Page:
1 Reply
                        1. re: Querencia

                          Plastic quality. That's certainly a factor!

                        2. I love baking from scratch. Knowing exactly what's in your cake is always a good thing! I am guilty of using mixes on occasion. I usually resort to them as a time saver. When my 5 year-old requested I make him a Titanic cake for his birthday last year, I needed to bake 6 quarter sheet cakes to "build" it, so I cheated by baking 4 from scratch and using two yellow cake mixes! Luckily, when everyone dug in, they weren't able to tell I used a mix. (The copious amounts of frosting probably helped too!)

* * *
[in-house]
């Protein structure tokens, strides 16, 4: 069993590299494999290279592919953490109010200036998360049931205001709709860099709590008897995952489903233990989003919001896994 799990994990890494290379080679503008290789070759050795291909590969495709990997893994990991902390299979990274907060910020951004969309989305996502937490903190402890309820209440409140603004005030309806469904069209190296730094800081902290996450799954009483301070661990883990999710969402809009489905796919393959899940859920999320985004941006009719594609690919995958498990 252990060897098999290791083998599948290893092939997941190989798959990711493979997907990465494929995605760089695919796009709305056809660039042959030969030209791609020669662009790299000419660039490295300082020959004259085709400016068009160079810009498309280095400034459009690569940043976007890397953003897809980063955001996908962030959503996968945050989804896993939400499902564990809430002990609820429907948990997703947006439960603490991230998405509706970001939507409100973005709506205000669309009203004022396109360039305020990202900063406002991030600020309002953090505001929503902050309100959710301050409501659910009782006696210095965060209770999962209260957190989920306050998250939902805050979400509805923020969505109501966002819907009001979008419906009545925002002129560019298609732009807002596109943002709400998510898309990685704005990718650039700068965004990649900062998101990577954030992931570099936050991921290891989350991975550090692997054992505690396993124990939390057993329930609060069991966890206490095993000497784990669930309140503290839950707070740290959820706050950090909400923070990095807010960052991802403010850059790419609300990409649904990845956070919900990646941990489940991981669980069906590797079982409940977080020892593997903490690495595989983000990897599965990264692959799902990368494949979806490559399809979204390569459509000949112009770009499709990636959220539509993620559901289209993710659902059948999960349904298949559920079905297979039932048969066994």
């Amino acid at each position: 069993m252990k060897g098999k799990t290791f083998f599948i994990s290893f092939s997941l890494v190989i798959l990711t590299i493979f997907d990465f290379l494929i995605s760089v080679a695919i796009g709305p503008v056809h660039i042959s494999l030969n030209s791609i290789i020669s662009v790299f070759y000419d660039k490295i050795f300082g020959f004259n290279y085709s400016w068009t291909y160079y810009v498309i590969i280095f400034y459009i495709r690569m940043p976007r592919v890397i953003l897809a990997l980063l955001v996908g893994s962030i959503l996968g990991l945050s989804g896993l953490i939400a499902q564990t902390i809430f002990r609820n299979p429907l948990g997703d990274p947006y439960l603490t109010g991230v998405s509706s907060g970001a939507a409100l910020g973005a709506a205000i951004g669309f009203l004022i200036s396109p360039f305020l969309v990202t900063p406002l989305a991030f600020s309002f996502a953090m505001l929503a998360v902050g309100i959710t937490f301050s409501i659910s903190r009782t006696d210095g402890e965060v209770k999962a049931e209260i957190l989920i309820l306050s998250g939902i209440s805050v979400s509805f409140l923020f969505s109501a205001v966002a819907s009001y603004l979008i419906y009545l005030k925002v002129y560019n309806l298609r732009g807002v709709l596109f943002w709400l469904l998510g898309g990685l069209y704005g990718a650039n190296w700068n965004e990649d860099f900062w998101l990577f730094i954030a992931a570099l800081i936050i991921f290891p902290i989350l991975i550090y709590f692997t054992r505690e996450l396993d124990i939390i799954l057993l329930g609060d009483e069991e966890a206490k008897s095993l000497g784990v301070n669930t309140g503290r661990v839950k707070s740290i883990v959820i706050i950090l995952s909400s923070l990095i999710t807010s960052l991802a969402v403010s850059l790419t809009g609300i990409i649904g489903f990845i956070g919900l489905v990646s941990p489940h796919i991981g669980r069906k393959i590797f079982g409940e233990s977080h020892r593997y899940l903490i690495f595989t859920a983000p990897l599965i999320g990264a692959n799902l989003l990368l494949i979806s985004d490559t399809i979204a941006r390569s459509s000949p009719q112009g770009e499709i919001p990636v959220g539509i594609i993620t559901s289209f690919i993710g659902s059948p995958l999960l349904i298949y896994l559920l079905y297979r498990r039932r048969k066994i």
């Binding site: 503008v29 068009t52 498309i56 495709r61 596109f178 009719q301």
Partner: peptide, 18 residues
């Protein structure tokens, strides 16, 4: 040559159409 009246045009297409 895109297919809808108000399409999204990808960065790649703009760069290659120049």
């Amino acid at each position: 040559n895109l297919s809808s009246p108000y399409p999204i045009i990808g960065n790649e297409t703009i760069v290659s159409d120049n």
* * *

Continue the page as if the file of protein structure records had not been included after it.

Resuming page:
1. There are many books and websiteson modifying mix cakes. Some people prefer the taste of a mix cake. A wedding cake competition blind taste test between a betty crocker mix, a grocery store cake and a new york bakery ended up with the mix cake winning because "it was a familiar taste."
                            http://www.blog.generalmills.com/2013...

                            1. My two cents: Cake mixes have a very..um..weird aftertaste and taste kind of fake. All my baking is done from scratch--although I will admit that at times, when my kids were younger and pulled the "Oh my mom will make cupcakes for the class tomorrow" and told me at the 11th hour, I've been known to drive to the store for boxed cake mix..but my frosting was ALWAYS made from scratch. The taste, texture and mouthfeel of a made-from-scratch cake..or any baked good is just much better. But I do have to say, I've tasted quite a bit of "made from scratch" cakes that were dry as sand..it really depends on the cook!